It brought him back to reality. Whatever ambitions Pelleneus might have, the truth of the moment was that they were all slaves. The property of the lanista, Porcino, to do with as he wished. As he thought about it, Marcus decided that it would be better to continue with his first plan. However difficult, he must try to escape and find General Pompeius, rather than spend years preparing to become a gladiator, and then more years risking his life in the arena in order to win liberty and riches so that he could rescue his mother, if she survived until then.
The fire was starting to die down. The Thracians and the Spartan had already lain down close to the fire to try to sleep. With a deep sigh Phyrus followed suit, curling up on his side, like a child. Before long the air reverberated with his deep snores, but his sleep was troubled and he frequently twitched and mumbled snatches of sentences that made little sense to Marcus.
What about him? Marcus nodded to the slumbering giant. Whats his story?
Pelleneus looked at their companion with a pitying expression. Poor Phyrus shouldnt be here. He may be as strong as a bear but he does not have the heart of a fighter. I fear for him once we reach Capua and enter the gladiator school.
Porcino must think he has potential, Marcus reflected. Otherwise, why buy him?
Pelleneus glanced round to make sure that neither their master nor Piso was within earshot, but he lowered his voice anyway. Porcino just sees his size, his strength. He does not see the man within. Well, more of a child than a man, I think.
How did Phyrus come to be bought by Porcino?
Pelleneus drew up his knees and wrapped his long muscled arms round them. From what hes told me since we were chained together, Phyrus was little more than an infant when he was brought to Athens. He was owned by a Greek slave trader and raised as a household slave, until the trader and his wife had a child. A boy. Phyrus was made his body-servant. He virtually raised the boy, and loved him like a brother. However, as the child grew and began to return Phyruss affection, the mother became jealous and demanded that Phyrus be sold. The father would have none of it. He saw how much Phyrus meant to his son and knew it would break the boys heart. So, from what I can gather, the mother claimed one day that her most precious bracelet had been stolen. She insisted that the entire house be searched from top to bottom. Pelleneus looked at Marcus and smiled sadly. You can guess what happened.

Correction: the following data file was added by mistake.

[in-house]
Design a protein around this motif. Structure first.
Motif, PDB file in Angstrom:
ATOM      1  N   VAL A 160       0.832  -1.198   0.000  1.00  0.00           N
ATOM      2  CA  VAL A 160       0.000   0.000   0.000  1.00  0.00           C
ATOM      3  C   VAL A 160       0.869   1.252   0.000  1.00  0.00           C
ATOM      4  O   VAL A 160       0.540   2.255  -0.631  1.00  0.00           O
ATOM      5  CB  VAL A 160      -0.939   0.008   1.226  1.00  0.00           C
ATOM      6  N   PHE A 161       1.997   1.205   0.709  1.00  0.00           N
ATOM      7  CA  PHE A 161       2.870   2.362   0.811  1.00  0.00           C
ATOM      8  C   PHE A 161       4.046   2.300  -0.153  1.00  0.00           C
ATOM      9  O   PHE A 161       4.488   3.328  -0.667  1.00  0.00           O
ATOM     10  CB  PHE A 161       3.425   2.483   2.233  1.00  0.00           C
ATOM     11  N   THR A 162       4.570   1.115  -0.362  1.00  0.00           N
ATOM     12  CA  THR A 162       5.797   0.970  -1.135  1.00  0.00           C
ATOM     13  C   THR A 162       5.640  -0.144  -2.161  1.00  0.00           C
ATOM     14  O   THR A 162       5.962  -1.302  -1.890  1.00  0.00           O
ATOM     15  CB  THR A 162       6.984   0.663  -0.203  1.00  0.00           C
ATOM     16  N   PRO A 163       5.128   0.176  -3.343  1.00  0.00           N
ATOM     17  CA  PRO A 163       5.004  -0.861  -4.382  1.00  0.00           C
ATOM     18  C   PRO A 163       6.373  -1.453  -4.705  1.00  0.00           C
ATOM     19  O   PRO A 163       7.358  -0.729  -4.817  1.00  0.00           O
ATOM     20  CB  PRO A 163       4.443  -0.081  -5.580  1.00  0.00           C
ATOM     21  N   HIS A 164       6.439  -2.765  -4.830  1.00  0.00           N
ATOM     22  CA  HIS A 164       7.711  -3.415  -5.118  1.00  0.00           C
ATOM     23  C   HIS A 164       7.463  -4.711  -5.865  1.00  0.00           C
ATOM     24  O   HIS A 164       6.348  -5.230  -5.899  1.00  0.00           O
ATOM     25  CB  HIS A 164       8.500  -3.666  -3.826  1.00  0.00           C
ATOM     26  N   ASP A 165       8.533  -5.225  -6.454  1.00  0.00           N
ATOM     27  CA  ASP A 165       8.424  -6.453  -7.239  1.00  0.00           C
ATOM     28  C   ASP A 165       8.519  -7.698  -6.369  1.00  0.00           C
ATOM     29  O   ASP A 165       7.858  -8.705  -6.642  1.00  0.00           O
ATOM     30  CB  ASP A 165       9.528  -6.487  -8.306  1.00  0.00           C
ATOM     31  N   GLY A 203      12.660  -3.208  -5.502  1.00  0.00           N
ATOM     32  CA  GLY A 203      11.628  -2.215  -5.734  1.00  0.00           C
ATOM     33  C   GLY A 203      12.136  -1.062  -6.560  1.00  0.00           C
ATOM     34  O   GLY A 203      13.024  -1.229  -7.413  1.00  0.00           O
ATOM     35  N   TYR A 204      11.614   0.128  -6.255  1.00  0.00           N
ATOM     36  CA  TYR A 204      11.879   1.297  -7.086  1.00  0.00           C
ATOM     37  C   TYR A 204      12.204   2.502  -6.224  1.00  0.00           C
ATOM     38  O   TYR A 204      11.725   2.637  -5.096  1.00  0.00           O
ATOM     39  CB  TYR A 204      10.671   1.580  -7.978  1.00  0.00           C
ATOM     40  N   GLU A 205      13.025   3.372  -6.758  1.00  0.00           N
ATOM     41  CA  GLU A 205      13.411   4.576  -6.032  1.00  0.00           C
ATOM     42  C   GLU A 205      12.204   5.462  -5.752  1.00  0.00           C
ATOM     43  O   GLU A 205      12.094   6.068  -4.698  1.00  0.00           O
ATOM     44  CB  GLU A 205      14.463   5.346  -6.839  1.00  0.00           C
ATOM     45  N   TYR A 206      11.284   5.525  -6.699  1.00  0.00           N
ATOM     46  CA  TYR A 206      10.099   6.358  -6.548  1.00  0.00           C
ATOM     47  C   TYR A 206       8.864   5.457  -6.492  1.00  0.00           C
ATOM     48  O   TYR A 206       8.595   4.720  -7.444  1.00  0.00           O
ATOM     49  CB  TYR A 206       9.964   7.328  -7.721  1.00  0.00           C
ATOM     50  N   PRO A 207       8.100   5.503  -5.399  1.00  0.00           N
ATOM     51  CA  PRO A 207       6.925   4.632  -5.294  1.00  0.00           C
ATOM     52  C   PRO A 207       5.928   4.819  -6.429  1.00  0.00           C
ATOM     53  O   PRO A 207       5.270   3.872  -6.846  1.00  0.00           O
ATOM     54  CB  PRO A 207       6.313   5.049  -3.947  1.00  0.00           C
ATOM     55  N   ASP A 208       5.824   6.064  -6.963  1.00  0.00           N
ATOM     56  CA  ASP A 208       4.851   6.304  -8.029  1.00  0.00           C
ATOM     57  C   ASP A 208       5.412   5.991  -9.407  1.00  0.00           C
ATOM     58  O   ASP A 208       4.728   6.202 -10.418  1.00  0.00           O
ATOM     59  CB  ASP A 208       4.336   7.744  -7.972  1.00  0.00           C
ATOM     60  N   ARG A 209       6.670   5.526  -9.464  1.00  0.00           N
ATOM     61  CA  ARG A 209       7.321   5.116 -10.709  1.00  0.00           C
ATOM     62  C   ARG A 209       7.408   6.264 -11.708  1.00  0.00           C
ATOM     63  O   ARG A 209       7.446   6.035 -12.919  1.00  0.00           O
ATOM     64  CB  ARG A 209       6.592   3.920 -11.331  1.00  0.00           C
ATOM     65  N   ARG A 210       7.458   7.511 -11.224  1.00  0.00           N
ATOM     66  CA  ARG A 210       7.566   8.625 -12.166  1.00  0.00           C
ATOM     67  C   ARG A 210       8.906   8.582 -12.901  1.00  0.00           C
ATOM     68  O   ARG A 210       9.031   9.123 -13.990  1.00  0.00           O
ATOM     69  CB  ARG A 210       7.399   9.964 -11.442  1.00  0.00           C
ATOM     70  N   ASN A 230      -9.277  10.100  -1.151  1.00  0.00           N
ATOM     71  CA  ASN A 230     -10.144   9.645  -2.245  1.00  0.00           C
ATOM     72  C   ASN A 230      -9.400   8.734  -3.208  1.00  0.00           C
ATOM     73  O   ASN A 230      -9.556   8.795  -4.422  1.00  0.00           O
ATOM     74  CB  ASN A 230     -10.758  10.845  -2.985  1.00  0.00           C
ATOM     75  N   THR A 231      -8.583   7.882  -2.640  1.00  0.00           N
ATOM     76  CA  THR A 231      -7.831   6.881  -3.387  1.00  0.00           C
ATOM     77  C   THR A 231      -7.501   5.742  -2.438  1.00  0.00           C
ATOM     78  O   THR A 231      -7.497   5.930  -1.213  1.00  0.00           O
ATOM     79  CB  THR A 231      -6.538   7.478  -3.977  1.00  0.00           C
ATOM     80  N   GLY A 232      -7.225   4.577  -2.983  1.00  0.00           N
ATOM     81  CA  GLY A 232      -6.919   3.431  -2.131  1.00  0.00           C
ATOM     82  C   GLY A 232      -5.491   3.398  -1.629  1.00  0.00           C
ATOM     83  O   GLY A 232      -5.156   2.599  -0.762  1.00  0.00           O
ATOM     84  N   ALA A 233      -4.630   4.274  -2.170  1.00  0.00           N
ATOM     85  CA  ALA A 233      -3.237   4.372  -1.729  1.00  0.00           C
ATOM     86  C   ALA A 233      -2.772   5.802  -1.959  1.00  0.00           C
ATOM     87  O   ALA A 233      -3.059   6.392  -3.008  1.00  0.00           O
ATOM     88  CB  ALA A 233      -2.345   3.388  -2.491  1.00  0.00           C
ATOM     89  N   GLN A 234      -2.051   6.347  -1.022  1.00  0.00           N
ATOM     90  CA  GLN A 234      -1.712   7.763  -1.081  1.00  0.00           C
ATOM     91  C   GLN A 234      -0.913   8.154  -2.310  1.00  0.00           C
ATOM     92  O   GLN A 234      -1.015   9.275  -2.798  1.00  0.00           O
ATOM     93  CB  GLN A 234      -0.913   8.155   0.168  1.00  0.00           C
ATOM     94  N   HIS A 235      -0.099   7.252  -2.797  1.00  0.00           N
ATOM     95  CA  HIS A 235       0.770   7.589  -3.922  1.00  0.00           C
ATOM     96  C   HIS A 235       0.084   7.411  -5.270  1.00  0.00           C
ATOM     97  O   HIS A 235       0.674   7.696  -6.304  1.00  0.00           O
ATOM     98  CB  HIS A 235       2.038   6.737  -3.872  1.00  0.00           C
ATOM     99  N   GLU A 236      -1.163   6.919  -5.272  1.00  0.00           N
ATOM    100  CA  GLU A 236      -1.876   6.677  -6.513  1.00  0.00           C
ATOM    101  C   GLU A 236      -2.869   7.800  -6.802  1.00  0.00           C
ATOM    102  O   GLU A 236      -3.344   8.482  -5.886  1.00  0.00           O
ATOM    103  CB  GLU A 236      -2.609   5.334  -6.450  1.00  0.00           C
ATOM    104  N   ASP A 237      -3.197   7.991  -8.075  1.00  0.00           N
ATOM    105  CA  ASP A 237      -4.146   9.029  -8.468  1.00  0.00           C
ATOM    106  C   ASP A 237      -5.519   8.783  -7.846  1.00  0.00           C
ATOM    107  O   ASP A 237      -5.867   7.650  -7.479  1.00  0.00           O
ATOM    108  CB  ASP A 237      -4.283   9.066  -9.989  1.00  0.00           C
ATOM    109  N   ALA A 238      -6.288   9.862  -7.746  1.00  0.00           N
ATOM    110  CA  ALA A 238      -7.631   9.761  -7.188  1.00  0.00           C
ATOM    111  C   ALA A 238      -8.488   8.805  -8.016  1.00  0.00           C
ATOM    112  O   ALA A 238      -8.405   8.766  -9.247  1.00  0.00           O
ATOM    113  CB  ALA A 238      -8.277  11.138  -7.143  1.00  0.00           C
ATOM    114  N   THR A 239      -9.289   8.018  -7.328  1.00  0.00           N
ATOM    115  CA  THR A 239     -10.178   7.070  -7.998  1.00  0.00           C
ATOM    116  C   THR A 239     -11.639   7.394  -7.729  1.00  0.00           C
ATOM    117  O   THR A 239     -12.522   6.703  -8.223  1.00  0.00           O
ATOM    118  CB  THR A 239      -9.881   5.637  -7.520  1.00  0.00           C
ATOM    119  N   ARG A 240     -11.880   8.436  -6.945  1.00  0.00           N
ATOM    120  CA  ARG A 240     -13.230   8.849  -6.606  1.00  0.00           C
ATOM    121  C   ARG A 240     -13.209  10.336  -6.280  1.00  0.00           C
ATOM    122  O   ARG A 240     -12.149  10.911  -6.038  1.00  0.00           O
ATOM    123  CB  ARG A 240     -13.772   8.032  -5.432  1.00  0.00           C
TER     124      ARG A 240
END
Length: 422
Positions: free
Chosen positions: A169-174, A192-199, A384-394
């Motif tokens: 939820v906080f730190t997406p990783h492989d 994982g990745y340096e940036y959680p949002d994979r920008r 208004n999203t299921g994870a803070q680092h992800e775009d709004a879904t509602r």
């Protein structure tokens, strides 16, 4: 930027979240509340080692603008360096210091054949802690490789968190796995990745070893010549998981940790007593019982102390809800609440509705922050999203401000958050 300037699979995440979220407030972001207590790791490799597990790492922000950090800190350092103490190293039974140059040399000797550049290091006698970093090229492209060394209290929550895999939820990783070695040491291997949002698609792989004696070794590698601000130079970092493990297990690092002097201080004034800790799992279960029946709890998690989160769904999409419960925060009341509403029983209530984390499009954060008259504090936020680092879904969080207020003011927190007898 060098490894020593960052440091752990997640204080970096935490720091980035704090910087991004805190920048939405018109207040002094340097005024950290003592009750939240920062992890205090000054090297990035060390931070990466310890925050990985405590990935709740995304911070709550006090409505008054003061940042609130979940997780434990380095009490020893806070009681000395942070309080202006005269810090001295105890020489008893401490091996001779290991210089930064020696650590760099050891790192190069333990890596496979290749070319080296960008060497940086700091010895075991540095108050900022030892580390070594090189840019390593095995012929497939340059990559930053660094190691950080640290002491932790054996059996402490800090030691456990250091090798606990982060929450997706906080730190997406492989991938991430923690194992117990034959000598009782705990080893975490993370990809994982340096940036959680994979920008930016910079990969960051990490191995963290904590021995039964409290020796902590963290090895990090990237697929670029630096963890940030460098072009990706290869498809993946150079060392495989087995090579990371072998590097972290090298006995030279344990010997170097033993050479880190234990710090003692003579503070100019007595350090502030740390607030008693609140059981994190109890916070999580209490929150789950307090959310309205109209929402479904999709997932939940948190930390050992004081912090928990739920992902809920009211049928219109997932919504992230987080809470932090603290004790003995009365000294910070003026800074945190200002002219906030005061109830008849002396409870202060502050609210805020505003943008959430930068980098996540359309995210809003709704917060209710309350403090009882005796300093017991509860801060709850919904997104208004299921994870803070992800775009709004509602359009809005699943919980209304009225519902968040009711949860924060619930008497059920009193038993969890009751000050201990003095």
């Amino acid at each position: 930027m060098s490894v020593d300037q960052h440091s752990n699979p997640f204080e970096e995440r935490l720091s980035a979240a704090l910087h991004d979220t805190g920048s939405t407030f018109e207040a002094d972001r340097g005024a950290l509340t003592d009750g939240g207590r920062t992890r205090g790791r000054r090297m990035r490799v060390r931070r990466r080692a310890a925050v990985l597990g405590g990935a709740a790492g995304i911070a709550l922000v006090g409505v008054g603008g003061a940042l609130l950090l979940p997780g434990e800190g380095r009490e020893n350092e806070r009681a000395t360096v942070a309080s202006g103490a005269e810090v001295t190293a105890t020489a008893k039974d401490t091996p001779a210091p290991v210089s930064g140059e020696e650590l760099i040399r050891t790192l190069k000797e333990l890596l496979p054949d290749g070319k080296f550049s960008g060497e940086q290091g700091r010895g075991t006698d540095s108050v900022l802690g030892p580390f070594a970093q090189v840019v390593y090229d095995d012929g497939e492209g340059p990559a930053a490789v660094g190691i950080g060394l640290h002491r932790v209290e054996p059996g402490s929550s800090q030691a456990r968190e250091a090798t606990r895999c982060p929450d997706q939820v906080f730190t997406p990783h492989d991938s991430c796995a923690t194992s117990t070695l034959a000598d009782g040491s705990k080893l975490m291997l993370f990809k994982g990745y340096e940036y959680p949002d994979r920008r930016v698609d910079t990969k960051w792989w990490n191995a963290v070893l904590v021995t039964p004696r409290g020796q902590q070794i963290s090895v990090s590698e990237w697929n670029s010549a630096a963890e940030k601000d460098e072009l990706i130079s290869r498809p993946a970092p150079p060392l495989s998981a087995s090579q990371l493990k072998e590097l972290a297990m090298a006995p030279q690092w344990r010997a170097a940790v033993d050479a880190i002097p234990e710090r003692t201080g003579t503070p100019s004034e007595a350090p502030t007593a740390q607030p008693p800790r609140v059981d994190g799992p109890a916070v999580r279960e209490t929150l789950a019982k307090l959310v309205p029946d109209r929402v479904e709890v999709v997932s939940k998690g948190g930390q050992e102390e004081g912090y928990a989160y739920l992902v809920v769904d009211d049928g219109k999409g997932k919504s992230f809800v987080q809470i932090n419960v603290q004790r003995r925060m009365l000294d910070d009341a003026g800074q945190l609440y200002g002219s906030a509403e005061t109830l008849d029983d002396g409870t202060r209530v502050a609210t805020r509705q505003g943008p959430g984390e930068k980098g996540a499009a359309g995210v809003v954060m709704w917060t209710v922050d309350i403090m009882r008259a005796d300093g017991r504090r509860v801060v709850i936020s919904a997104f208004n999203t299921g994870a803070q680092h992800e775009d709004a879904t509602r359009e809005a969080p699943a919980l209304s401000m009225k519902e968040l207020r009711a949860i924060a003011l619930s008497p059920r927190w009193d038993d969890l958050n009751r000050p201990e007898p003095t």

Marcus considered briefly, then nodded. They found the bracelet in Phyruss quarters?
Yes. Under his bedroll. The mother convinced her husband to sell Phyrus. It broke his heart to leave their boy. He was auctioned in the slave market at Athens. Phyrus stood out among the other slaves on sale, as you can imagine. Porcino was impressed enough to buy him. He looked down at Phyrus. I doubt hed hurt a fly if he could help it. I am afraid for him. I doubt he will survive for long once we reach the gladiator school, unless he learns to fight.
Marcus thought for a moment as he hugged his knees. Since being taken from the farm he had been consumed by his own problems. Only the injustice done to him and his family mattered. It seemed as if the rest of the world was an uncaring place filled with people who knew nothing of his grief. He had thought that his suffering was the worst thing that could happen to a person. If others would only listen to his tale, then they would think so too, and do what they could to help to correct such a monstrous injustice.
Now, Marcus understood that the world was filled with injustices, and that others, like Phyrus, suffered too. He was not a special case, singled out by the Gods to endure the harshest cruelty and grief. There were others, with similar tales, carrying similar burdens. Marcus was not quite sure how he felt about it. The thought of so many more people suffering as he did struck him with a kind of numbing horror. Yet, in spite of that, for the first time since he had been seized by Decimuss henchmen, he felt that he was not alone. There was some comfort in that.
He raised his head and spoke softly. What about the others? The Thracians and the Spartan?
Pelleneus scratched his chin. I hardly know anything about them, only what Piso has told me, and thats no more than a few comments. The Thracians were part of a gang of brigands who were hunted down and destroyed by a Roman column. The Spartan well, hes something of a mystery. Piso says he is an outcast. He disgraced himself among his people and they condemned him to slavery.
Disgraced himself? How?